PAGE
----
ChargeClassificationJail TimeFine
Driving on a suspended or revoked license, first offenseMisdemeanorUp to 30 days$300
Driving on a suspended or revoked license, second offenseMisdemeanorUp to 60 days$600
Driving on a suspended or revoked license, third offenseMisdemeanor90 days to 6 months$1,000

Jail time for burglary

Burglary is entering a building without consent with the intent to commit a crime. There are several levels of burglary charges.

ChargeClassificationJail TimeFine
Burglary, 1st DegreeFelony15 years to lifeNone
Burglary, 2nd Degree, violentFelonyUp to 15 yearsNone
Burglary, 2nd Degree, non-violentFelonyUp to 10 yearsNone
Burglary, 3rd Degree, 2nd offenseFelonyUp to 10 yearsNone
Burglary, 3rd Degree, 1st offenseFelonyUp to 5 yearsNone

Jail time for robbery

Robbery is taking something from a person by force or the threat of force. Robbery is considered a violent crime, but the commission of a robbery does not have to result in someone’s injury.

ChargeClassificationJail TimeFine
RobberyFelonyUp to 15 yearsNone
Attempted Armed RobberyFelonyUp to 20 yearsNone
Armed RobberyFelony10 to 30 yearsNone

Jail time for manslaughter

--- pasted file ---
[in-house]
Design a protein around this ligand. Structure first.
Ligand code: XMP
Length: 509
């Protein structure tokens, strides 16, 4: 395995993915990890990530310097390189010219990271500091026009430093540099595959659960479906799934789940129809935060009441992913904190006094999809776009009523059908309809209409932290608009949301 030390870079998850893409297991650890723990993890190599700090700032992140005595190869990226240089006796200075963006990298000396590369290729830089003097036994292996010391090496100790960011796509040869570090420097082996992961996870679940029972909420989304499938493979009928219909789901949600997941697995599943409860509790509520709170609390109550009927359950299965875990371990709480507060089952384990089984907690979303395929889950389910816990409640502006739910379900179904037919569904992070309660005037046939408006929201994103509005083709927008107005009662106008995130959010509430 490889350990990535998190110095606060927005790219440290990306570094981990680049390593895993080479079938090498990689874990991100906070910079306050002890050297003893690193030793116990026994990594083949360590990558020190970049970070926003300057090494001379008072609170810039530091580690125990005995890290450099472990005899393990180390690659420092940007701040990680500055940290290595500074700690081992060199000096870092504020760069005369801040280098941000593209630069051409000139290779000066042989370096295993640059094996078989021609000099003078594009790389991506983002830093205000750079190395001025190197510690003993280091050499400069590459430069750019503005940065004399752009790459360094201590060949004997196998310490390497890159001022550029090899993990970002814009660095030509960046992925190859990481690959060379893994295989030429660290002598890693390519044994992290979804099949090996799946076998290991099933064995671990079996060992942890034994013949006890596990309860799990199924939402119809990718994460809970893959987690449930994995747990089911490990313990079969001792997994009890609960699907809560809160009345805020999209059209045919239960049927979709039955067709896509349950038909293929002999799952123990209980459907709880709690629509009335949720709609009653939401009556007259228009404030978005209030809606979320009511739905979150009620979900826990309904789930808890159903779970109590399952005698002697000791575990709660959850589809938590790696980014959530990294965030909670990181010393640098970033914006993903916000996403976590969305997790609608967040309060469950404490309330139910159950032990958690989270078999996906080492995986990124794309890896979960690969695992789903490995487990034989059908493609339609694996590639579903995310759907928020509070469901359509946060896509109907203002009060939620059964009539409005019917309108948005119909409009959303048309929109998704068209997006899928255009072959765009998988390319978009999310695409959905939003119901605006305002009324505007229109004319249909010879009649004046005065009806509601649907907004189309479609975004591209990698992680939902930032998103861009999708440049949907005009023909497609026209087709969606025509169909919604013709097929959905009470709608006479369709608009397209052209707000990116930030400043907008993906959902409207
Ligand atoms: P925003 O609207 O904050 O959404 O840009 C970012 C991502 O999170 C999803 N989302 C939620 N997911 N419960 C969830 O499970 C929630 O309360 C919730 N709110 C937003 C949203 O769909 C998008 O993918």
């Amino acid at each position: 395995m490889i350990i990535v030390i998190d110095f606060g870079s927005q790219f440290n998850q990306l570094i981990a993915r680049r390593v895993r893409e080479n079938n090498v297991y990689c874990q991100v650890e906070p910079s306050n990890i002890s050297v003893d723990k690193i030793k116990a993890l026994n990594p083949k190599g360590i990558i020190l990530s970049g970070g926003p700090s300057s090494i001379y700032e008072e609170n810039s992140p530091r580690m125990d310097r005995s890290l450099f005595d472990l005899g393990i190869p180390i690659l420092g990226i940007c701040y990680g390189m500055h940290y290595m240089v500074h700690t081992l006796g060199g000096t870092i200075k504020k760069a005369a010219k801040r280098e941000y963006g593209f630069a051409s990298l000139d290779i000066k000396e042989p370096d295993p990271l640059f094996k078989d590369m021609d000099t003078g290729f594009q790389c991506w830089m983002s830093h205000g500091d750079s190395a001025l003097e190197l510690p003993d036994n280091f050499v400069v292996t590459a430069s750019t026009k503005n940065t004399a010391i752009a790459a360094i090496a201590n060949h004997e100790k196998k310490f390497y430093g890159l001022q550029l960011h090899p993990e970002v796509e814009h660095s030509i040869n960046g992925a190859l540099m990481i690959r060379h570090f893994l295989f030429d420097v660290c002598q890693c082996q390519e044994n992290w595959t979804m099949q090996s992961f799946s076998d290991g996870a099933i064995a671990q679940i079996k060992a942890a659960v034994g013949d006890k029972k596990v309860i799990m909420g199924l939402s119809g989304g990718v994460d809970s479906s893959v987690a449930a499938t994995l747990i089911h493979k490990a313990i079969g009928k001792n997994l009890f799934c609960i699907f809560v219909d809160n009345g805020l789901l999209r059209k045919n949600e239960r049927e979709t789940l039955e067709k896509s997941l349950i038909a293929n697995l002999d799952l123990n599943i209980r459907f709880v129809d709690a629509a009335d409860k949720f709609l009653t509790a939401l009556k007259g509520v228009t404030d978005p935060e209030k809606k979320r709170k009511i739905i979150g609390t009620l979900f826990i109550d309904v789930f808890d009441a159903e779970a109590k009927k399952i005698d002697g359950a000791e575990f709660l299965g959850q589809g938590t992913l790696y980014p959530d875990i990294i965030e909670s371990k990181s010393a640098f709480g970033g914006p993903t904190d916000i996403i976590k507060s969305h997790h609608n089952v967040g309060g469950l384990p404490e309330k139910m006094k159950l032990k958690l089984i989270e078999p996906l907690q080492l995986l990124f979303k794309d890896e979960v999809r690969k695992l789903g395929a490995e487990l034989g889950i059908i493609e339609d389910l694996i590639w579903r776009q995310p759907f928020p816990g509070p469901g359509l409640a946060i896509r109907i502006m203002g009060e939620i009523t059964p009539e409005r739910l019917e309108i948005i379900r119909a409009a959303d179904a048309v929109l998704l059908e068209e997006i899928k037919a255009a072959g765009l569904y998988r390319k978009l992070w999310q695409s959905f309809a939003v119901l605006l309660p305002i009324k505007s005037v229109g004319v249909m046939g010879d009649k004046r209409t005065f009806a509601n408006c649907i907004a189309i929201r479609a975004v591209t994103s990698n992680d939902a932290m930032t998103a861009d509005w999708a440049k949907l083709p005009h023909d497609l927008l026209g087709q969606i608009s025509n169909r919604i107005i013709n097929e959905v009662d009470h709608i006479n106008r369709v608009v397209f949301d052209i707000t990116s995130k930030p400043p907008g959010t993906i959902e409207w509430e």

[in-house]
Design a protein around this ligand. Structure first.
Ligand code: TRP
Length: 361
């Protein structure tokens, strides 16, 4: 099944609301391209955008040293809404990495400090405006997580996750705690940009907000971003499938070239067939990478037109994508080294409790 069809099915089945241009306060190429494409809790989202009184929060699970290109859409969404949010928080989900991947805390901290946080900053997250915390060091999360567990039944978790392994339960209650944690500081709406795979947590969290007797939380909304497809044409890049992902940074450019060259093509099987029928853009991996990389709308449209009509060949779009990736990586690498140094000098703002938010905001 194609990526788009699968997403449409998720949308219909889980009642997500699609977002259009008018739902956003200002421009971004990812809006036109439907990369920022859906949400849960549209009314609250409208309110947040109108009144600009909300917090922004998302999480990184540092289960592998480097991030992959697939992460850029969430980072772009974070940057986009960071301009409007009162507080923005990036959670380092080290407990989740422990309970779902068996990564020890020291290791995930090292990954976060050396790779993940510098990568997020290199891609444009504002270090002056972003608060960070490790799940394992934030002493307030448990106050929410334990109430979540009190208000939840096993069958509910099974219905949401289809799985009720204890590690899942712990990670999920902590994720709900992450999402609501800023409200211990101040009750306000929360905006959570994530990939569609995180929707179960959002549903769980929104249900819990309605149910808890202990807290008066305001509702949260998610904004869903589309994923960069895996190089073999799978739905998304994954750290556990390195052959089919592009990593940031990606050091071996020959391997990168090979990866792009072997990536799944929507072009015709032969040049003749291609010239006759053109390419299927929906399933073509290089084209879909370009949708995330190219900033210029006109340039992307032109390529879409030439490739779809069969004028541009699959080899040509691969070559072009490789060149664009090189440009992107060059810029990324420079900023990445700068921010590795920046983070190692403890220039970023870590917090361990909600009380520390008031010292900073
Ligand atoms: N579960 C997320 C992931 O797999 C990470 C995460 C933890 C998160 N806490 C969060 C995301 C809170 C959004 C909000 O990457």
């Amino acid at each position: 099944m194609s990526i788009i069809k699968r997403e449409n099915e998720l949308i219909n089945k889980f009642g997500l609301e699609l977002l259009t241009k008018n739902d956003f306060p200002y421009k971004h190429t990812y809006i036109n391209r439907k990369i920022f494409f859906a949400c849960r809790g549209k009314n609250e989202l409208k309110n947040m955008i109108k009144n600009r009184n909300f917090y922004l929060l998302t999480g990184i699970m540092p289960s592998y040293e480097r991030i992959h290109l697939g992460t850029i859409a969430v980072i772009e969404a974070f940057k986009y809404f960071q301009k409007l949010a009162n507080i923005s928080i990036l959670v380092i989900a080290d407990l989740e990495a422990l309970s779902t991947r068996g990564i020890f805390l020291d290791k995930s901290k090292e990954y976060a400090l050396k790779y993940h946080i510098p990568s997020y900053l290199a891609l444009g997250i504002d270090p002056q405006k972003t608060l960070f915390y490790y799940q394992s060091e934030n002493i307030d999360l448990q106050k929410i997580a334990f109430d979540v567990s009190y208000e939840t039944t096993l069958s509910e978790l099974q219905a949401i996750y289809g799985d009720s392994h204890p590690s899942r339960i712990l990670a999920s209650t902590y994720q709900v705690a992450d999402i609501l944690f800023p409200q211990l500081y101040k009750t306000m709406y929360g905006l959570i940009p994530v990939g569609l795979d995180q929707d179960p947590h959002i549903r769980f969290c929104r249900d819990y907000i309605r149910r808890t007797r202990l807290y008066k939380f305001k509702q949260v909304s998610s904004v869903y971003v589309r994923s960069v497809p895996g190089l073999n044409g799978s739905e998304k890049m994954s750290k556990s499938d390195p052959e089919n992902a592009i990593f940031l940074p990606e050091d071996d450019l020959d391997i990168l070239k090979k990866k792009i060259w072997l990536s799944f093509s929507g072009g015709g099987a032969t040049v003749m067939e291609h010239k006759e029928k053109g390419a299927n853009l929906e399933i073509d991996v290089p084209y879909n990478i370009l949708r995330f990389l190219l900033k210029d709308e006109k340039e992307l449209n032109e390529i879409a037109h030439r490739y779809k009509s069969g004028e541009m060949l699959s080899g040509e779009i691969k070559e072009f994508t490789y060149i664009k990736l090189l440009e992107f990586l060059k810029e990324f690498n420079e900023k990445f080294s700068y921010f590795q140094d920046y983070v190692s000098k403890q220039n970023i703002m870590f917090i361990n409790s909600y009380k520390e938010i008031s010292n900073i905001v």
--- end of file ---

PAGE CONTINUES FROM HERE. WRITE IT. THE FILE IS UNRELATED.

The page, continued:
Manslaughter is the unlawful killing of a person by someone without ill will toward the victim. The charge is not the same as murder; however, manslaughter is a very serious crime with a very serious jail sentence.

ChargeClassificationJail TimeFine
ManslaughterFelony2 to 30 yearsNone
Involuntary ManslaughterFelonyUp to 5 yearsNone

Jail time for identity theft

Identity theft is the use someone else’s personal information without that person’s permission for a benefit or to commit other crimes.

ChargeClassificationJail TimeFine
Identity FraudFelonyUp to 10 yearsAt the discretion of the court

Commonly asked questions about jail time in SC

If you’re facing jail time, you undoubtedly have questions. Here are answers to some of the most common questions from people who may be charged with a crime that can be punished with a jail sentence.

Is jail time mandatory for a felony?

Usually yes, many felonies have mandatory sentences. Some felonies also come with fines, but it is most common for a felony to just have a jail sentence as punishment.

Can you get jail time for misdemeanors?

Yes, many misdemeanors come with jail time, fines or both as potential punishments. The jail sentences are not nearly as harsh as jail sentences for felonies.

Can you pay a fine instead of going to jail?

No. It doesn’t really work like that. The judge determines punishment based on the circumstances of the crime and what is allowable by law. People without a criminal history are more likely to be ordered to pay a fine rather than going to jail.

Get in touch with Kent

If you or someone you love has been charged with a crime, there is no time to waste. Kent Collins is an experienced criminal defense attorney in Lexington, SC who can help you understand the charges and potential jail time associated with those charges.

For a free, no-obligation consultation, contact Kent by phone at 803-808-0905 or use this form to reach him online.